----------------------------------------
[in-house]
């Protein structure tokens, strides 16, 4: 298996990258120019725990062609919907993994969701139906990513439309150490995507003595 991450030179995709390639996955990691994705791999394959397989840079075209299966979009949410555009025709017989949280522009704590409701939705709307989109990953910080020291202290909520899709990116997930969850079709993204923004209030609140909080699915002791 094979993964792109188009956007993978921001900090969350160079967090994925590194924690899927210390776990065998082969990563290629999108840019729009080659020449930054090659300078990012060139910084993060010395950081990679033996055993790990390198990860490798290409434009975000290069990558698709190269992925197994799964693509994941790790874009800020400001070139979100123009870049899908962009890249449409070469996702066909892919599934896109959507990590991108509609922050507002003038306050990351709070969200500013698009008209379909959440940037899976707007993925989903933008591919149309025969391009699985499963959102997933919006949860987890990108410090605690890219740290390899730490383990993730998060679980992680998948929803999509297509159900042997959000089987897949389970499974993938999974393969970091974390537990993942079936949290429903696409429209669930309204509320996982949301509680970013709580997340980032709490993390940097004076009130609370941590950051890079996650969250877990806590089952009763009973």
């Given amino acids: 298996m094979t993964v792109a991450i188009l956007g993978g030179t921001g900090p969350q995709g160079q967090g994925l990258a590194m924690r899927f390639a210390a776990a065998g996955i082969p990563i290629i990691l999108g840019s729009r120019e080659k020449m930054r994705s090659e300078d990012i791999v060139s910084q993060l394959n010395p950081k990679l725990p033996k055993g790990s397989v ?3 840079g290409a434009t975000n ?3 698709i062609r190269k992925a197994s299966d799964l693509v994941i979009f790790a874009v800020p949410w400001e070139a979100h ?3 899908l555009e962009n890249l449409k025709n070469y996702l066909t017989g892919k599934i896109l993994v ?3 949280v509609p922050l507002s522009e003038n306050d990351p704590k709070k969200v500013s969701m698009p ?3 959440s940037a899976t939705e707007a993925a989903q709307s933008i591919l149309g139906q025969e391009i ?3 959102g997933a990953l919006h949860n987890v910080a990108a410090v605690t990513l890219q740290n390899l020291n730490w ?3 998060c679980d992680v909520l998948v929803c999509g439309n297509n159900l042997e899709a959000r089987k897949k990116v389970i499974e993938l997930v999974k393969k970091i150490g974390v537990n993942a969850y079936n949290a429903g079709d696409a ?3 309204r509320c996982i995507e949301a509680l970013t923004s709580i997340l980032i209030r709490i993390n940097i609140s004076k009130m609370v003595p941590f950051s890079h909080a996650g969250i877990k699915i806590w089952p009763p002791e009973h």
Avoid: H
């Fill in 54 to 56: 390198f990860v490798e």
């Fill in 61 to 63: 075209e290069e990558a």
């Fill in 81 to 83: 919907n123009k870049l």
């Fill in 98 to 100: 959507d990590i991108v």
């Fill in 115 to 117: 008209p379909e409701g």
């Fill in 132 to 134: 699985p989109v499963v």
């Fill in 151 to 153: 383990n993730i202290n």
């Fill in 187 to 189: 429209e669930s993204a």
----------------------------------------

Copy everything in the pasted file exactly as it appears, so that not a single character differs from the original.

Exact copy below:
[in-house]
């Protein structure tokens, strides 16, 4: 298996990258120019725990062609919907993994969701139906990513439309150490995507003595 991450030179995709390639996955990691994705791999394959397989840079075209299966979009949410555009025709017989949280522009704590409701939705709307989109990953910080020291202290909520899709990116997930969850079709993204923004209030609140909080699915002791 094979993964792109188009956007993978921001900090969350160079967090994925590194924690899927210390776990065998082969990563290629999108840019729009080659020449930054090659300078990012060139910084993060010395950081990679033996055993790990390198990860490798290409434009975000290069990558698709190269992925197994799964693509994941790790874009800020400001070139979100123009870049899908962009890249449409070469996702066909892919599934896109959507990590991108509609922050507002003038306050990351709070969200500013698009008209379909959440940037899976707007993925989903933008591919149309025969391009699985499963959102997933919006949860987890990108410090605690890219740290390899730490383990993730998060679980992680998948929803999509297509159900042997959000089987897949389970499974993938999974393969970091974390537990993942079936949290429903696409429209669930309204509320996982949301509680970013709580997340980032709490993390940097004076009130609370941590950051890079996650969250877990806590089952009763009973």
């Given amino acids: 298996m094979t993964v792109a991450i188009l956007g993978g030179t921001g900090p969350q995709g160079q967090g994925l990258a590194m924690r899927f390639a210390a776990a065998g996955i082969p990563i290629i990691l999108g840019s729009r120019e080659k020449m930054r994705s090659e300078d990012i791999v060139s910084q993060l394959n010395p950081k990679l725990p033996k055993g790990s397989v ?3 840079g290409a434009t975000n ?3 698709i062609r190269k992925a197994s299966d799964l693509v994941i979009f790790a874009v800020p949410w400001e070139a979100h ?3 899908l555009e962009n890249l449409k025709n070469y996702l066909t017989g892919k599934i896109l993994v ?3 949280v509609p922050l507002s522009e003038n306050d990351p704590k709070k969200v500013s969701m698009p ?3 959440s940037a899976t939705e707007a993925a989903q709307s933008i591919l149309g139906q025969e391009i ?3 959102g997933a990953l919006h949860n987890v910080a990108a410090v605690t990513l890219q740290n390899l020291n730490w ?3 998060c679980d992680v909520l998948v929803c999509g439309n297509n159900l042997e899709a959000r089987k897949k990116v389970i499974e993938l997930v999974k393969k970091i150490g974390v537990n993942a969850y079936n949290a429903g079709d696409a ?3 309204r509320c996982i995507e949301a509680l970013t923004s709580i997340l980032i209030r709490i993390n940097i609140s004076k009130m609370v003595p941590f950051s890079h909080a996650g969250i877990k699915i806590w089952p009763p002791e009973h």
Avoid: H
């Fill in 54 to 56: 390198f990860v490798e």
């Fill in 61 to 63: 075209e290069e990558a």
């Fill in 81 to 83: 919907n123009k870049l």
């Fill in 98 to 100: 959507d990590i991108v």
């Fill in 115 to 117: 008209p379909e409701g």
């Fill in 132 to 134: 699985p989109v499963v």
């Fill in 151 to 153: 383990n993730i202290n």
């Fill in 187 to 189: 429209e669930s993204a």